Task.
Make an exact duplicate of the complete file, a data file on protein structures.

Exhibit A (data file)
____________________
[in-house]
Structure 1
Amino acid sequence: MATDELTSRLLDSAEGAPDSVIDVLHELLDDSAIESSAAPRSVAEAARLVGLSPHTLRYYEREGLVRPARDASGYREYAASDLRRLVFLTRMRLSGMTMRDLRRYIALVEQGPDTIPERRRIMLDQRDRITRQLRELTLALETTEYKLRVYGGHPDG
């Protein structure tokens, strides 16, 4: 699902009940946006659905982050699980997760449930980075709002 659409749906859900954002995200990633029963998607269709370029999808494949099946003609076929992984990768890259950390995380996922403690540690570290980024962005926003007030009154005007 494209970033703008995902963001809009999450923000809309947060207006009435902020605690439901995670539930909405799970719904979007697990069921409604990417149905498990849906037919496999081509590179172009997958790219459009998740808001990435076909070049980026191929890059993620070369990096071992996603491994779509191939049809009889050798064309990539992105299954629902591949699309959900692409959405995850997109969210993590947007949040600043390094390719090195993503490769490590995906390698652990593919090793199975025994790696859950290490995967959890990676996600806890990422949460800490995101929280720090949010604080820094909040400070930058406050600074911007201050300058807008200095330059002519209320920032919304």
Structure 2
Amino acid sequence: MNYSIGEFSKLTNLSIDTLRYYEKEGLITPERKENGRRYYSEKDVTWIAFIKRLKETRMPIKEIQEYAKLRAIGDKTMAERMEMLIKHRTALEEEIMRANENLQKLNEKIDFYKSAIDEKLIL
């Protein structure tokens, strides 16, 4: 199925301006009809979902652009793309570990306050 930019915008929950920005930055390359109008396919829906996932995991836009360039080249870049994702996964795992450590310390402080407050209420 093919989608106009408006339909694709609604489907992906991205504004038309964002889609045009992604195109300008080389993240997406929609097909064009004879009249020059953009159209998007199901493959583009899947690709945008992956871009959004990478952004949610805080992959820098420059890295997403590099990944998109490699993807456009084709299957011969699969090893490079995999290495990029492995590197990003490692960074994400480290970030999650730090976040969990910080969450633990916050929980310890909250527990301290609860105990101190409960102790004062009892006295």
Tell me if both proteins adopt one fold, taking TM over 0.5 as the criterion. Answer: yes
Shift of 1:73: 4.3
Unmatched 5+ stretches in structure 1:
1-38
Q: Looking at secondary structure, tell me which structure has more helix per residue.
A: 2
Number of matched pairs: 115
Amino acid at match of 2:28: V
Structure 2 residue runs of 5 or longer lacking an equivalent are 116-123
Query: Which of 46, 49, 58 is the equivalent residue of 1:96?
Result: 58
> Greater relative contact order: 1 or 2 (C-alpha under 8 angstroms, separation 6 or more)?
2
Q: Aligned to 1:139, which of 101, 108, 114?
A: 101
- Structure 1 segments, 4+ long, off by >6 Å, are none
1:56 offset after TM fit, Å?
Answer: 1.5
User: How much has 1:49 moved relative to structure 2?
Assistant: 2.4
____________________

[in-house]
Structure 1
Amino acid sequence: MATDELTSRLLDSAEGAPDSVIDVLHELLDDSAIESSAAPRSVAEAARLVGLSPHTLRYYEREGLVRPARDASGYREYAASDLRRLVFLTRMRLSGMTMRDLRRYIALVEQGPDTIPERRRIMLDQRDRITRQLRELTLALETTEYKLRVYGGHPDG
């Protein structure tokens, strides 16, 4: 699902009940946006659905982050699980997760449930980075709002 659409749906859900954002995200990633029963998607269709370029999808494949099946003609076929992984990768890259950390995380996922403690540690570290980024962005926003007030009154005007 494209970033703008995902963001809009999450923000809309947060207006009435902020605690439901995670539930909405799970719904979007697990069921409604990417149905498990849906037919496999081509590179172009997958790219459009998740808001990435076909070049980026191929890059993620070369990096071992996603491994779509191939049809009889050798064309990539992105299954629902591949699309959900692409959405995850997109969210993590947007949040600043390094390719090195993503490769490590995906390698652990593919090793199975025994790696859950290490995967959890990676996600806890990422949460800490995101929280720090949010604080820094909040400070930058406050600074911007201050300058807008200095330059002519209320920032919304």
Structure 2
Amino acid sequence: MNYSIGEFSKLTNLSIDTLRYYEKEGLITPERKENGRRYYSEKDVTWIAFIKRLKETRMPIKEIQEYAKLRAIGDKTMAERMEMLIKHRTALEEEIMRANENLQKLNEKIDFYKSAIDEKLIL
């Protein structure tokens, strides 16, 4: 199925301006009809979902652009793309570990306050 930019915008929950920005930055390359109008396919829906996932995991836009360039080249870049994702996964795992450590310390402080407050209420 093919989608106009408006339909694709609604489907992906991205504004038309964002889609045009992604195109300008080389993240997406929609097909064009004879009249020059953009159209998007199901493959583009899947690709945008992956871009959004990478952004949610805080992959820098420059890295997403590099990944998109490699993807456009084709299957011969699969090893490079995999290495990029492995590197990003490692960074994400480290970030999650730090976040969990910080969450633990916050929980310890909250527990301290609860105990101190409960102790004062009892006295």
Tell me if both proteins adopt one fold, taking TM over 0.5 as the criterion. Answer: yes
Shift of 1:73: 4.3
Unmatched 5+ stretches in structure 1:
1-38
Q: Looking at secondary structure, tell me which structure has more helix per residue.
A: 2
Number of matched pairs: 115
Amino acid at match of 2:28: V
Structure 2 residue runs of 5 or longer lacking an equivalent are 116-123
Query: Which of 46, 49, 58 is the equivalent residue of 1:96?
Result: 58
> Greater relative contact order: 1 or 2 (C-alpha under 8 angstroms, separation 6 or more)?
2
Q: Aligned to 1:139, which of 101, 108, 114?
A: 101
- Structure 1 segments, 4+ long, off by >6 Å, are none
1:56 offset after TM fit, Å?
Answer: 1.5
User: How much has 1:49 moved relative to structure 2?
Assistant: 2.4